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Lukashenko to run for president in 2025, Belarus blasts US over poll criticism
Lukashenko to run for president in 2025, Belarus blasts US over poll criticism
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Lukashenko to run for president in 2025, Belarus blasts US over poll criticism
by DZRH News27 February 2024
Belarusian President Alexander Lukashenko attends a meeting of the Supreme State Council of Russia-Belarus Union State in Saint Petersburg, Russia, January 29, 2024. Sputnik/Vyacheslav Prokofyev/Pool via REUTERS/ File Photo

MOSCOW (Reuters) -Belarus leader Alexander Lukashenko said he would run for president again in 2025, Belarusian state news agency BelTA reported on Sunday.

Lukashenko made his comments after voting in parliamentary and local council elections, denounced by the United States as a sham. The ex-Soviet state's top election official dismissed the criticism and told Washington to look after its own affairs.

BelTA said Lukashenko, who has been in power since 1994, told journalists: "Tell them (the exiled opposition) that I'll run. No one, no responsible president would abandon his people who followed him into battle."

Lukashenko, 69, is one of Russian President Vladimir Putin's closest allies and allowed the Kremlin to use his country's territory to launch its full-scale invasion of Ukraine in 2022.

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"We're still a year away from the presidential election. A lot of things can change," he said in response to a follow-up question, BelTA reported.

"Naturally, I and all of us, society, will react to the changes that will take place in our society and the situation in which we will approach the elections in a year's time," Lukashenko said.

The U.S. State Department condemned what it called the "sham" elections Belarus in on Sunday.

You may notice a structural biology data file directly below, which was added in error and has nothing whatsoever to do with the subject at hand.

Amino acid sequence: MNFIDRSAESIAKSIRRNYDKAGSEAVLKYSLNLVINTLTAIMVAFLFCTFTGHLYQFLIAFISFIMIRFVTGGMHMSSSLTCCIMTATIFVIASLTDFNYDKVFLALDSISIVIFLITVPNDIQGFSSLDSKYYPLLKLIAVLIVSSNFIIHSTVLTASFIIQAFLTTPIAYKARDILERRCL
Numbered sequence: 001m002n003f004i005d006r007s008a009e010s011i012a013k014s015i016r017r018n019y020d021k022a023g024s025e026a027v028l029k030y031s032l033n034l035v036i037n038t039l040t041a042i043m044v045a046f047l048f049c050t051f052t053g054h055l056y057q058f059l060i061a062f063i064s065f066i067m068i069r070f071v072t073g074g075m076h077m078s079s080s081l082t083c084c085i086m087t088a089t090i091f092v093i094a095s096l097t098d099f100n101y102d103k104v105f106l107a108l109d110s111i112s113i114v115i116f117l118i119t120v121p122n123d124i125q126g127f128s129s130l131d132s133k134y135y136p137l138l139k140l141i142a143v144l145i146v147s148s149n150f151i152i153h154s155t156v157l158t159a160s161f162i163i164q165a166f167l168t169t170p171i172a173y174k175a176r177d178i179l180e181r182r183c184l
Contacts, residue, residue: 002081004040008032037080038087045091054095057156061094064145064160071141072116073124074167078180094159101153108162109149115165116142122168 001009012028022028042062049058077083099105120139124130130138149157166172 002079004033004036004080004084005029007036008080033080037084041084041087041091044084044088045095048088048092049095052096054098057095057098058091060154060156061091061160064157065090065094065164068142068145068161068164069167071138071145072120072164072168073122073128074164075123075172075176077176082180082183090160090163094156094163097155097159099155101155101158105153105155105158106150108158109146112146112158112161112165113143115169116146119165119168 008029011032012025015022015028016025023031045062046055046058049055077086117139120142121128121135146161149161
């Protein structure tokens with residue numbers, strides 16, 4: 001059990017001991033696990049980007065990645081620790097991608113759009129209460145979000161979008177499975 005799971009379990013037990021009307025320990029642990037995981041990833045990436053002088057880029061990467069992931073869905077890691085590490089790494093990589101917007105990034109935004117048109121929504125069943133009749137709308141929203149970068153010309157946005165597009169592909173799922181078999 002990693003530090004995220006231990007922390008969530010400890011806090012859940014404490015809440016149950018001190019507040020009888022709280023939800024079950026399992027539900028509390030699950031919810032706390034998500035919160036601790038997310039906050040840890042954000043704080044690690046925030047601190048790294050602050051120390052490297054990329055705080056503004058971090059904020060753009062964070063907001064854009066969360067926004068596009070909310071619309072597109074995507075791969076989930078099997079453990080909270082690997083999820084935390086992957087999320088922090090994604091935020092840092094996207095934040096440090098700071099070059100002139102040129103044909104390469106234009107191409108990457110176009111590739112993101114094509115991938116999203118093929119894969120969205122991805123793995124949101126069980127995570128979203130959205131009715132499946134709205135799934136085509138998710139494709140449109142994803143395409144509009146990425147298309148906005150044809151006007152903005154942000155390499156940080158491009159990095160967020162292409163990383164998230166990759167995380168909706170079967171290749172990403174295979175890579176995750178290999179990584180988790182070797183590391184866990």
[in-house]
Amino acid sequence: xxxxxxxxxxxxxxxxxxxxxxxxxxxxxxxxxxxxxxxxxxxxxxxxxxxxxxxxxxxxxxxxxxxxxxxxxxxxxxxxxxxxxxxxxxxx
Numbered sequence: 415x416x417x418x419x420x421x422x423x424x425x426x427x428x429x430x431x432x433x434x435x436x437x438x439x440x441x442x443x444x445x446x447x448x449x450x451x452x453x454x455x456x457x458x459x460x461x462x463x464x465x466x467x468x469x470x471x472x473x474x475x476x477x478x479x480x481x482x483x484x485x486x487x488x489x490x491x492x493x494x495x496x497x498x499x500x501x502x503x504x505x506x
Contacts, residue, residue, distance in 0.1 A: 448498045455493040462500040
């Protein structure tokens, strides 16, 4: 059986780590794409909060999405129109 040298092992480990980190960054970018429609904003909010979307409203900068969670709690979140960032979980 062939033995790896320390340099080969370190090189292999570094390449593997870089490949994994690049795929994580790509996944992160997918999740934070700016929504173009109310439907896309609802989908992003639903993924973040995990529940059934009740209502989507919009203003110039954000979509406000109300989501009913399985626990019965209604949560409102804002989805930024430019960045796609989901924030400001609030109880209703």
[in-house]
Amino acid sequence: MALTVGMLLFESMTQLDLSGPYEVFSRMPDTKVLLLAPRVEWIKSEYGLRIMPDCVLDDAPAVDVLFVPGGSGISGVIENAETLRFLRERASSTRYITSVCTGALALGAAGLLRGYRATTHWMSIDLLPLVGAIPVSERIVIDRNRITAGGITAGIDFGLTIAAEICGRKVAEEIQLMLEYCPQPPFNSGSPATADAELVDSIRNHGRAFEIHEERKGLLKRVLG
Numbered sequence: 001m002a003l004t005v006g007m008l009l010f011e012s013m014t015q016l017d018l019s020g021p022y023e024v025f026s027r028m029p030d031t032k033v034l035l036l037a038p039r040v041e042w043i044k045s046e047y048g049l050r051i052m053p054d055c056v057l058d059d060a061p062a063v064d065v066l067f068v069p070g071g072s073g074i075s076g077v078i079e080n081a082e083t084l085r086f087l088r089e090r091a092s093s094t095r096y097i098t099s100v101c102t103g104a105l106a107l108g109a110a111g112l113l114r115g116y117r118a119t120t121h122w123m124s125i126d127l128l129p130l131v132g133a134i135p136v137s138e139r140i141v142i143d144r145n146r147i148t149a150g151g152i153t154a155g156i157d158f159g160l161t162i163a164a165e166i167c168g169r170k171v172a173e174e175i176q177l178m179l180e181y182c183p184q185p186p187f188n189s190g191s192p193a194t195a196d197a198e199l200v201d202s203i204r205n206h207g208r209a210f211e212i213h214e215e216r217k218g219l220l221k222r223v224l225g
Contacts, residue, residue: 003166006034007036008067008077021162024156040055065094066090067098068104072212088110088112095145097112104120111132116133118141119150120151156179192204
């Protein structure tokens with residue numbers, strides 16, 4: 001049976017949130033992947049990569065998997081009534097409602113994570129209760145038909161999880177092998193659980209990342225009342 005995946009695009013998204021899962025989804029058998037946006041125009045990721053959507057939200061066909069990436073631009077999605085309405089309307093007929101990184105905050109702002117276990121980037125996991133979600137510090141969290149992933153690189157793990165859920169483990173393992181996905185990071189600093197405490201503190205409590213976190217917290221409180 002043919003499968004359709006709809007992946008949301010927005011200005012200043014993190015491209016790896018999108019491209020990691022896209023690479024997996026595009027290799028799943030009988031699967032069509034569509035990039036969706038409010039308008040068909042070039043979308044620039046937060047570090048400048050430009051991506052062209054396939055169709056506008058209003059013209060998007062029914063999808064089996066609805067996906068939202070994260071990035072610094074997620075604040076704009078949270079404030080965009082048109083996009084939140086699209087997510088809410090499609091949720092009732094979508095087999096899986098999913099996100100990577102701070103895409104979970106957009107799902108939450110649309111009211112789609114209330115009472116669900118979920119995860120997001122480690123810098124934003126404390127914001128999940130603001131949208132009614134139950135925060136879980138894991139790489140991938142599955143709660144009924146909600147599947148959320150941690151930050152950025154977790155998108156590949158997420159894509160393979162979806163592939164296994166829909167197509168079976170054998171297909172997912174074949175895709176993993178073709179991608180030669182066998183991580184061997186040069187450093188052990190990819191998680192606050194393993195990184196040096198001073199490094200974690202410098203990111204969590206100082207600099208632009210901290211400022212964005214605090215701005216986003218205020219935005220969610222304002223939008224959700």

"The elections were held in a climate of fear under which no electoral processes could be called democratic," department spokesman Matthew Miller said in a statement.

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The chairman of Belarus' Central Election Commission, in comments quoted by BelTA, said it was not up to the United States to comment on the election.

"We don't denounce their elections. We make no statements, even if they had over there a lot of questions for all to see, even in their last presidential election," Igor Karpenko was quoted as saying.

"They work according to the principle that we are bigger and can therefore tell everyone what to do. I think we can manage quite nicely conducting elections in our own country," Karpenko said.

Election commission officials said voter turnout stood at just below 73% by mid-evening.

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Lukashenko's re-election to a sixth term in 2020 sparked unprecedented protests by opponents alleging mass vote-rigging. Putin offered support to Lukashenko and the demonstrations died out after mass roundups and detentions of protesters by police.

Lukashenko told reporters the role of parliament would be bolstered in his country.

"People are beginning to understand that in Belarus, for example, a president is not a tsar or a god. It is very hard work," BelTA quoted him as saying. "Parliament's role will be expanded, every month, every year."

(Reporting by Reuters; editing by Guy Faulconbridge, Ron Popeski and Bill Berkrot)

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